The Beechcrest Mobile Home Park in North Laurel was recently purchased by the Howard County Housing Commission. It will be closing in one year to be replaced with an apartment complex for the chronically homeless.
The Beechcrest Mobile Home Park in North Laurel was recently purchased by the Howard County Housing Commission. It will be closing in one year to be replaced with an apartment complex for the chronically homeless. (Baltimore Sun Media Group file)

Howard County Executive Calvin Ball has, for a second time, filed legislation to repeal a tax on mobile homes. And it appears he will be victorious in his pursuit as a majority of the County Council has co-sponsored the bill.

The bill would strike from law a 40-year-old tax on 1,100 mobile home residents who pay an average of $45 a month, according to a press release. This tax generates less than $700,000 in revenue for the county annually.

Advertisement

At 100 days, Howard County Executive Ball speaks on transitions, climate change and flooding in Ellicott City

Howard County Executive Calvin Ball sat down with the Howard County Times earlier this week to reflect on his first 100 days in his new job, historic Ellicott City and how he hopes to improve.

Ball introduced the exemption as a councilman last year alongside Councilwoman Jen Terrasa, a Democrat who represented Savage and North Laurel. The bill was ultimately tabled because of a lack of support from other lawmakers.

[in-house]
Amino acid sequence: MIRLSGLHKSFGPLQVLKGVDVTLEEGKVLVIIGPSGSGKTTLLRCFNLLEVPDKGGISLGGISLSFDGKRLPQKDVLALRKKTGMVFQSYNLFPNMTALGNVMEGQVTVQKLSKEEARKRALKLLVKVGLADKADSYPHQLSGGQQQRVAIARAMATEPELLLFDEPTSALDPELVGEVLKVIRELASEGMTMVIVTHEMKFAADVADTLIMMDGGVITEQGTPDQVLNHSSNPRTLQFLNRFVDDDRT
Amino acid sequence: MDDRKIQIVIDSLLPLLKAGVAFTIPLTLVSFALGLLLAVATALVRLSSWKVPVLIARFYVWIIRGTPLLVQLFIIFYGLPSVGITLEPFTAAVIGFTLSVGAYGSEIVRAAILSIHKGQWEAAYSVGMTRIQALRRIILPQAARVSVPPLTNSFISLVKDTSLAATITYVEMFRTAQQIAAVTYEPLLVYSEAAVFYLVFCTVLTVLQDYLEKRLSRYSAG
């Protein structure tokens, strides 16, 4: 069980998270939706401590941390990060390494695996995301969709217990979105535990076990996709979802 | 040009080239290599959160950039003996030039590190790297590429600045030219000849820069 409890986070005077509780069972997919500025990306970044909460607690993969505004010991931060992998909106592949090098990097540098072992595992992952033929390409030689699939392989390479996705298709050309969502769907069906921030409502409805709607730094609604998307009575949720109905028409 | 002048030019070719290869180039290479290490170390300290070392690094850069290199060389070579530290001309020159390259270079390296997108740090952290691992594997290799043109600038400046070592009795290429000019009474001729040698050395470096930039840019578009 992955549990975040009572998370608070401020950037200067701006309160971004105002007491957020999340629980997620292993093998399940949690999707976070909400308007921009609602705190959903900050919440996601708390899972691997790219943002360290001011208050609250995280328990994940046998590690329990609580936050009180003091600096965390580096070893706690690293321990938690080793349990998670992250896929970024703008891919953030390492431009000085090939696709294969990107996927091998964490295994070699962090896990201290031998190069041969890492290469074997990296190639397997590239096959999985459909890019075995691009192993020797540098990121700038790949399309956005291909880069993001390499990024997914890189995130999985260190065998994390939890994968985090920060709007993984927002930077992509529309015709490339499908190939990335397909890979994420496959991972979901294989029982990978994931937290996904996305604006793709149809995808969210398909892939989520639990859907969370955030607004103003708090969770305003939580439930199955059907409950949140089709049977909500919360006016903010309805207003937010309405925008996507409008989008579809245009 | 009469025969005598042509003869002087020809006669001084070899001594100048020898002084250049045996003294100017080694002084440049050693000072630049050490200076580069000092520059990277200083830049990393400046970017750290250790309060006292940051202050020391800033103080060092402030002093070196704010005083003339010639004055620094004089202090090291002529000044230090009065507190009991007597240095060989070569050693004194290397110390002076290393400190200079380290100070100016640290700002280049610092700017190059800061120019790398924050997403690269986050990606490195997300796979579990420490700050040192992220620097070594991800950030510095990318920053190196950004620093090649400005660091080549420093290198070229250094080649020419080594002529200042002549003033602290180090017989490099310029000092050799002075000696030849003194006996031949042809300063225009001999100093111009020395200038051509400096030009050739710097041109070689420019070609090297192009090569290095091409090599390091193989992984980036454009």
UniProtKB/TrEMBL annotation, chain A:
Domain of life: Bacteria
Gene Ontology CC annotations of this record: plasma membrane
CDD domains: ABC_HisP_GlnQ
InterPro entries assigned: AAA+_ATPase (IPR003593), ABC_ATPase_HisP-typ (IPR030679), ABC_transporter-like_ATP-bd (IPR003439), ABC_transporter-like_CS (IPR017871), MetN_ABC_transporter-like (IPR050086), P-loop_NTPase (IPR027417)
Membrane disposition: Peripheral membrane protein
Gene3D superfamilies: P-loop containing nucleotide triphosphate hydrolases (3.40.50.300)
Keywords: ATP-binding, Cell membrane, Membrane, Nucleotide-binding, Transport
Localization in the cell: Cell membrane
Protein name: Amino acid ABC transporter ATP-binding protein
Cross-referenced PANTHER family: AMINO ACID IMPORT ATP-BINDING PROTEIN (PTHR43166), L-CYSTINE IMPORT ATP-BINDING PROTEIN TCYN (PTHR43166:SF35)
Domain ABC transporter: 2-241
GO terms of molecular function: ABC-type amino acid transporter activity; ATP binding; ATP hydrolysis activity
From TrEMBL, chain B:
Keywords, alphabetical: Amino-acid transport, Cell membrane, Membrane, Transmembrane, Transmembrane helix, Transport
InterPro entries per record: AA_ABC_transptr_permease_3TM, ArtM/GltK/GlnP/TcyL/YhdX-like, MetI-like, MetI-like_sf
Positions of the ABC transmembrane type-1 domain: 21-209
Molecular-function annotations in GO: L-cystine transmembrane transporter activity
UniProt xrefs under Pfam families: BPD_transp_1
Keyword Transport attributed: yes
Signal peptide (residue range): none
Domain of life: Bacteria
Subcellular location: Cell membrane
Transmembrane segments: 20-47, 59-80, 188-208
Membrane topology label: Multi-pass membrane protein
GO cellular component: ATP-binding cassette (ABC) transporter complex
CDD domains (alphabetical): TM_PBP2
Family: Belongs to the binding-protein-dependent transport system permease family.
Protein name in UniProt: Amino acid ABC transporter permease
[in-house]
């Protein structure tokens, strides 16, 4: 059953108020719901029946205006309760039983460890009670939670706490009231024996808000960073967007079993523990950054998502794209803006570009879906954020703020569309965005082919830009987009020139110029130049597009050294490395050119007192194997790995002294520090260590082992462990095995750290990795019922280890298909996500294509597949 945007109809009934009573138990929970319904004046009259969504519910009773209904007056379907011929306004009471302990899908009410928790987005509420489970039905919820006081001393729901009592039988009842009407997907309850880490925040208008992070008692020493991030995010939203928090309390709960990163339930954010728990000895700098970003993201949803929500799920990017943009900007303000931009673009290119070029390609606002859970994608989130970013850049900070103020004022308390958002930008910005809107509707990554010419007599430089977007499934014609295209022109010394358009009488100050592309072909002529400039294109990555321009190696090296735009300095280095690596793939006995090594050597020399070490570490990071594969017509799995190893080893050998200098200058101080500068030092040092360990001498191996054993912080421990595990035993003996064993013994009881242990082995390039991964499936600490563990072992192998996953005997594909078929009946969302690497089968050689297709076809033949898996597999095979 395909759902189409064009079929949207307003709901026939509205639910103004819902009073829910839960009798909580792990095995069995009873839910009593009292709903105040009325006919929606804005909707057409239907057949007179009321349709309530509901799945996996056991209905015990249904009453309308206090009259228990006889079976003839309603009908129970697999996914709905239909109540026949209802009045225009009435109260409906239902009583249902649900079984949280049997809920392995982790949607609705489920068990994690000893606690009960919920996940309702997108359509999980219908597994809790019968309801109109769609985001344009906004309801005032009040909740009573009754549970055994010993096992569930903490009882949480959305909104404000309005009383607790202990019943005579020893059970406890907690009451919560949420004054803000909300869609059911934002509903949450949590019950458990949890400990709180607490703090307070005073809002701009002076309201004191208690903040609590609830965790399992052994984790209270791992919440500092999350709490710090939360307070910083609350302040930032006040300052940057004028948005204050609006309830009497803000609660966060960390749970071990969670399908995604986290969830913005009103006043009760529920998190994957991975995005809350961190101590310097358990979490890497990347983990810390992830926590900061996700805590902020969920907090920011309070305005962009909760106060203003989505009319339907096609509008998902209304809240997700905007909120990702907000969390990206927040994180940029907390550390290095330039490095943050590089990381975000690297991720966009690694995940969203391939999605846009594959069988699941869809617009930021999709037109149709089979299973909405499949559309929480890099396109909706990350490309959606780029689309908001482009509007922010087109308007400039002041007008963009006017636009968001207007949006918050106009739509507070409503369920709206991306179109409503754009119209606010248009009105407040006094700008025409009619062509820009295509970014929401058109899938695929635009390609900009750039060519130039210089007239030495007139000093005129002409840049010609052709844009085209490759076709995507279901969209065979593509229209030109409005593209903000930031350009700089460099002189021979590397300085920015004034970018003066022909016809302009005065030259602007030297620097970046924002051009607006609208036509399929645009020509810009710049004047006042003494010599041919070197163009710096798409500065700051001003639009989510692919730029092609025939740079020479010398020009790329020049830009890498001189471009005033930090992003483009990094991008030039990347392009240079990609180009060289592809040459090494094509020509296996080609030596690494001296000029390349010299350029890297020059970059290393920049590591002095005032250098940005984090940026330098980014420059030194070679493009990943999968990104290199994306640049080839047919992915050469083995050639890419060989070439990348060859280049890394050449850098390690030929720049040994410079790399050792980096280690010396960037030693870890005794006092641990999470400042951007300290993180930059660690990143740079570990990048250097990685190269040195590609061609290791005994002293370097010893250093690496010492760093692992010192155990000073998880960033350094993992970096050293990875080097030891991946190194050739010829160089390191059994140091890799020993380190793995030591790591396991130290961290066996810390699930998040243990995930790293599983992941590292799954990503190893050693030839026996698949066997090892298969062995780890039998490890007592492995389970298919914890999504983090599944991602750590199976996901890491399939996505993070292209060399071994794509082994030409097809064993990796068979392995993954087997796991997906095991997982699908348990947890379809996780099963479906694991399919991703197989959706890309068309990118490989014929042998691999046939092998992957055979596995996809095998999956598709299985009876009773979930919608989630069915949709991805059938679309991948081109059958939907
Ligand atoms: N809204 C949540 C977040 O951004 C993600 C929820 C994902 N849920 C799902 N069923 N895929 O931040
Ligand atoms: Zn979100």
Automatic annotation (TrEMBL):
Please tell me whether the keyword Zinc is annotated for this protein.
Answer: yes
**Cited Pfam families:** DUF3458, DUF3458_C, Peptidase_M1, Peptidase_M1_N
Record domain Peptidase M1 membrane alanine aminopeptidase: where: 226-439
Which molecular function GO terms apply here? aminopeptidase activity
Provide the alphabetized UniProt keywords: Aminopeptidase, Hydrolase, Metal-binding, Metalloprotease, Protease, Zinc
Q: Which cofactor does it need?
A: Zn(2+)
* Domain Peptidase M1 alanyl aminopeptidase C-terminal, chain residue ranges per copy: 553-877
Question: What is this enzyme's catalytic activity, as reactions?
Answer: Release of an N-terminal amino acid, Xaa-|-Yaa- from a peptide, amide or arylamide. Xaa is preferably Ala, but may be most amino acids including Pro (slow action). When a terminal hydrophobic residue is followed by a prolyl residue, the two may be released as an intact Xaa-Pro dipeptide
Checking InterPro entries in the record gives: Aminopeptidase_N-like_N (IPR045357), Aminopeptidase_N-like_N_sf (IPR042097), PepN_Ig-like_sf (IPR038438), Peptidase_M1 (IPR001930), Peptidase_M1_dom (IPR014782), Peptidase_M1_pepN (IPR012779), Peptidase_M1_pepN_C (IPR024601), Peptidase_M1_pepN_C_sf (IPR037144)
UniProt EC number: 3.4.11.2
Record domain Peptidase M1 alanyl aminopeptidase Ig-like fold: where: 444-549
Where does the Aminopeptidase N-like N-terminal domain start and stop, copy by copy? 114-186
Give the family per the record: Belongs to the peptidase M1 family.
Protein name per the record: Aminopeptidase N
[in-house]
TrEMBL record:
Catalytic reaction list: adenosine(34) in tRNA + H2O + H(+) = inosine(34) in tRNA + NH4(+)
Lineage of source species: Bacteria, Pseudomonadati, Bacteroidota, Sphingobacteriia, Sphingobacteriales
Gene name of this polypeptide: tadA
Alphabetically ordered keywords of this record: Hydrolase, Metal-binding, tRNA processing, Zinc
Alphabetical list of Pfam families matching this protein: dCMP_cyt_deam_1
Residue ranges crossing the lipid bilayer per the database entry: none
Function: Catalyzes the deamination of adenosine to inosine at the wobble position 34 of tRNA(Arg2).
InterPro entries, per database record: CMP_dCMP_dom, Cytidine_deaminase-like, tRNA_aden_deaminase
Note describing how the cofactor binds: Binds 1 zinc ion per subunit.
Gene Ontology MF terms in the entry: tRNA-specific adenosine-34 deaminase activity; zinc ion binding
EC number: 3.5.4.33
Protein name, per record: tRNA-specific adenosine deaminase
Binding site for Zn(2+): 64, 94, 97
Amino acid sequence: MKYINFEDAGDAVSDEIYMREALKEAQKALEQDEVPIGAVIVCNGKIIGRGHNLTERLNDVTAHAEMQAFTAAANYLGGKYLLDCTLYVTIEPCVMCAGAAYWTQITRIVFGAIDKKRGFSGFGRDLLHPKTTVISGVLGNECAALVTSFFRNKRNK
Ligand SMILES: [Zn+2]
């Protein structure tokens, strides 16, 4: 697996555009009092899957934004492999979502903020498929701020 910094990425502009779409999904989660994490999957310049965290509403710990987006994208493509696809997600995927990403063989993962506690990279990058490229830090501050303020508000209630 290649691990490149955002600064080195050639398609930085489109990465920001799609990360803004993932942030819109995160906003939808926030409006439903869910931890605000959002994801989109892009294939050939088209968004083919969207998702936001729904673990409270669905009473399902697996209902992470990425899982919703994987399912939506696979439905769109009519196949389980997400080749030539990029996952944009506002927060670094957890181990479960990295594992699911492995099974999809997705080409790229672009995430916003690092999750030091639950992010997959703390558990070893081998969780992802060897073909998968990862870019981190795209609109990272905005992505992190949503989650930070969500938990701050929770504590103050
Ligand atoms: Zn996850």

This year’s bill is co-sponsored by the four Democrats on the County Council — Liz Walsh, Opel Jones, Christiana Mercer Rigby and Deb Jung.

Republican Councilman David Yungmann declined to take a stance on the issue, pending the upcoming council hearing on Tuesday night in the George Howard Building.

“For a county with one of the highest median incomes in the nation, it is patently unfair that we are collecting this burdensome tax from some of our most vulnerable residents, including many seniors who live on fixed incomes,” Ball said in a statement. “This is money they could better spend to put food on the family table, clothes on their back, and put toward costly medical expenses.”

A report released this month warned the county of a potentially dubious financial future as its projected revenue growth “lags far behind requested expenditure growth.”

The money generated from the mobile home tax accounted for less than 1 percent of last year’s revenues.

Howard County on Wednesday also announced it would discontinue the police department’s aviation program. The move is expected to save the county nearly $1.8 million over four years.

Advertisement
Advertisement
Advertisement